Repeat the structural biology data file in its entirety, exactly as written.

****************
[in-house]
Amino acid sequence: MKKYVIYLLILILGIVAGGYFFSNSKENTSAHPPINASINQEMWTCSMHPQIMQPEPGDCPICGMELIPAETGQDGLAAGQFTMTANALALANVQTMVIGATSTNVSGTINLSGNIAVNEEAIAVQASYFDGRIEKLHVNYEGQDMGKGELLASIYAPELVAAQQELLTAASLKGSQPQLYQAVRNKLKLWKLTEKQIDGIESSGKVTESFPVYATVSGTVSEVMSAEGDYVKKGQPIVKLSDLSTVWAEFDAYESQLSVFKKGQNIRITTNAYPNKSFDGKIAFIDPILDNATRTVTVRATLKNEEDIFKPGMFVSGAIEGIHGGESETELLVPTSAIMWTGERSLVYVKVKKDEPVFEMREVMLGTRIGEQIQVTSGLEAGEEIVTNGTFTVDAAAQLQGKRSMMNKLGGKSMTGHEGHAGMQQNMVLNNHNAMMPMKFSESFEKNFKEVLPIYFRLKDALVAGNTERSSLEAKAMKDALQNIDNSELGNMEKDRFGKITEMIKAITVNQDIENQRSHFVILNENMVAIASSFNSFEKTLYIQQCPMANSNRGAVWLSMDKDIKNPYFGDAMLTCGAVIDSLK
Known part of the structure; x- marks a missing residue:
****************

[in-house]
Amino acid sequence: MKKYVIYLLILILGIVAGGYFFSNSKENTSAHPPINASINQEMWTCSMHPQIMQPEPGDCPICGMELIPAETGQDGLAAGQFTMTANALALANVQTMVIGATSTNVSGTINLSGNIAVNEEAIAVQASYFDGRIEKLHVNYEGQDMGKGELLASIYAPELVAAQQELLTAASLKGSQPQLYQAVRNKLKLWKLTEKQIDGIESSGKVTESFPVYATVSGTVSEVMSAEGDYVKKGQPIVKLSDLSTVWAEFDAYESQLSVFKKGQNIRITTNAYPNKSFDGKIAFIDPILDNATRTVTVRATLKNEEDIFKPGMFVSGAIEGIHGGESETELLVPTSAIMWTGERSLVYVKVKKDEPVFEMREVMLGTRIGEQIQVTSGLEAGEEIVTNGTFTVDAAAQLQGKRSMMNKLGGKSMTGHEGHAGMQQNMVLNNHNAMMPMKFSESFEKNFKEVLPIYFRLKDALVAGNTERSSLEAKAMKDALQNIDNSELGNMEKDRFGKITEMIKAITVNQDIENQRSHFVILNENMVAIASSFNSFEKTLYIQQCPMANSNRGAVWLSMDKDIKNPYFGDAMLTCGAVIDSLK
Known part of the structure; x- marks a missing residue: